Manning conference delegates quietly eye post-Harper era
NationalPost.com – Full Comment
February 28, 2014. Andrew Coyne
So this is what a Conservative convention looks like. After that bizarre lockdown in Calgary last fall — reporters harassed and penned in at every turn, the prime minister’s defiantly empty speech, the air heavy with self-congratulation and paranoia — the annual Manning Networking conference exudes an altogether different spirit: thoughtful, open, introspective … and conservative.
Of course, the Manning Center is avowedly non-partisan: It’s supposed to be conservative, not Conservative. But then, the Conservative party is supposed to be conservative. If the Manning conference has gotten more overtly partisan over the years, it may be because the party has gotten less overtly anything, other than unpleasant. Or rather, the leadership has. But looking at the contrast between this ostensibly non-partisan convention and its partisan predecessor, the thought occurs: this is the real Conservative convention. It is a gathering, if you like, of the Conservative party in exile.
The party that met in Calgary was not so much the Conservative party as the Harper party. It was run by and for Harper loyalists — think Pierre Poilievre — people who are happy to do whatever the leader wants done, say whatever the leader wants said, even if that means abandoning every core conviction the party has ever held. In its place is Harperism, less an ideology than a set of behaviours: the nastiness, the ruthlessness, the almost universal gracelessness, of which the decision to exclude the opposition parties from the mission to Ukraine was only the latest example.
It has struck me of late that some Conservatives, even some members of the cabinet, have begun detaching themselves from the Harper party, if only in style. The willingness to recite the same government talking points, no matter how boorish or moronic, to launch any attack, no matter how outlandish, is a sign of the hard-core Harperite: whether a jaded veteran like Rob Nicholson, or eager newcomers like Chris Alexander or Kellie Leitch, once highly regarded for their accomplishments, now unrecognizable in their servility. But not everyone has been so willing to play the game, and this conference seems almost a gathering of those who place a higher price on their souls.
If last year’s conference was notable for its cognitive dissonance — speaker after speaker laying out a robustly conservative vision, followed by effusive praise for the government that has discarded virtually all of it — this year’s edition seems marked more by a deliberate, if unstated parting of the ways. Nothing was said out loud, no knives were unsheathed, but this had the feel of a group of people preparing for a post-Harper party. From the title (“Next Steps”) to the speakers, a banquet of potential leadership contenders, the tone is of serious people who want to talk about serious ideas, stripped (mostly) of the hyper-partisan rhetoric and name-calling: the grown-ups, the good faith Conservatives.
Who is not here? No one from the Prime Minister’s Office, it appears, nor any member of the party hierarchy, nor any member of cabinet, other than those invited to speak. The speaker’s list, by contrast, features Jason Kenney, the Employment Minister; Brad Wall, the premier of Saskatchewan; Jim Prentice, the former Industry and Environment Minister; Michael Chong, the backbench MP and author of the Reform Act.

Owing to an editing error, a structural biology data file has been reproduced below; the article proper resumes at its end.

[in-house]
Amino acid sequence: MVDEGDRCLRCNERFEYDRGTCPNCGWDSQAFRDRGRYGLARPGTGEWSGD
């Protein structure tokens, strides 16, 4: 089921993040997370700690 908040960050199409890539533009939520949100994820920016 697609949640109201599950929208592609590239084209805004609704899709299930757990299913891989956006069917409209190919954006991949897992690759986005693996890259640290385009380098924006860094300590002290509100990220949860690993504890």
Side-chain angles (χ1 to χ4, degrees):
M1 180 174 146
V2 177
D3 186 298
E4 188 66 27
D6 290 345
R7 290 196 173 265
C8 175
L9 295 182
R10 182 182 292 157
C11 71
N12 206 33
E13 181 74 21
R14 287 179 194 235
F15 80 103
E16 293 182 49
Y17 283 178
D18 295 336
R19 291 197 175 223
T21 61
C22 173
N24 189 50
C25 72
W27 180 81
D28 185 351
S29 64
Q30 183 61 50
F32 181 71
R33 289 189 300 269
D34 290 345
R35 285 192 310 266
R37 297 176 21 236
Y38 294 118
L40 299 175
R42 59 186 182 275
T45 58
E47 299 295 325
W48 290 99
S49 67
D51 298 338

It would be hard to categorize them as a group, except that they are all from outside the circle of Harperite hyper-partisans. And they have not been shy about expressing their discontent with the party’s direction, albeit in the coded, indirect language that politicians employ when they do not want to be accused of disloyalty.
Mr. Prentice, for example, admonished Conservatives to “take back the environmental debate,” saying “we cannot be in the business of providing our rivals with the opportunity to portray us as being out of touch” with environmental concerns. As a resource-exporting nation, he reminded them, “we rely on our international reputation. … If we are serious about being a global superpower in energy we have to be a power in advancing the environmental discussion.” That means, he said pointedly, “working in good faith with people who agree with us, and with people who don’t agree with us.”
Mr. Chong’s interest in a more civil, less leader-dominated Parliament is well known. But there, too, was Jay Hill, the former party whip, denouncing the “abuse” of members’ statements to make “poisonous personal attacks.” As for Mr. Kenney, after a speech largely given over to celebrating his achievements, first at Immigration and now at Employment (apparently there’s some sort of deal with the provinces), he was asked if he had anything to say about income-splitting, the subject of some disagreement in the party of late.
Given the sensitivities around the issue, after the prime minister’s flip-flop-flip of recent days — first abandoning the party’s long-standing promise, to stay onside with his Finance Minister, Jim Flaherty, then hastily reviving it in the face of an incipient caucus revolt — I half expected him to offer some sort of non-committal answer: looking at all the options, premature to talk about it now, etc. But no. “I’m in favour of it,” he said simply. “I was delighted we made that commitment to Canadians in the 2011 platform.” Where Mr. Flaherty had insisted the policy needs a “long, hard, analytical look,” Mr. Kenney pointed to a study in support by “Canada’s leading tax policy expert,” the University of Calgary’s Jack Mintz.
He had the look of a man who had just won an important fight. And was in the pole position for a race that has not yet begun, but is already well under way.
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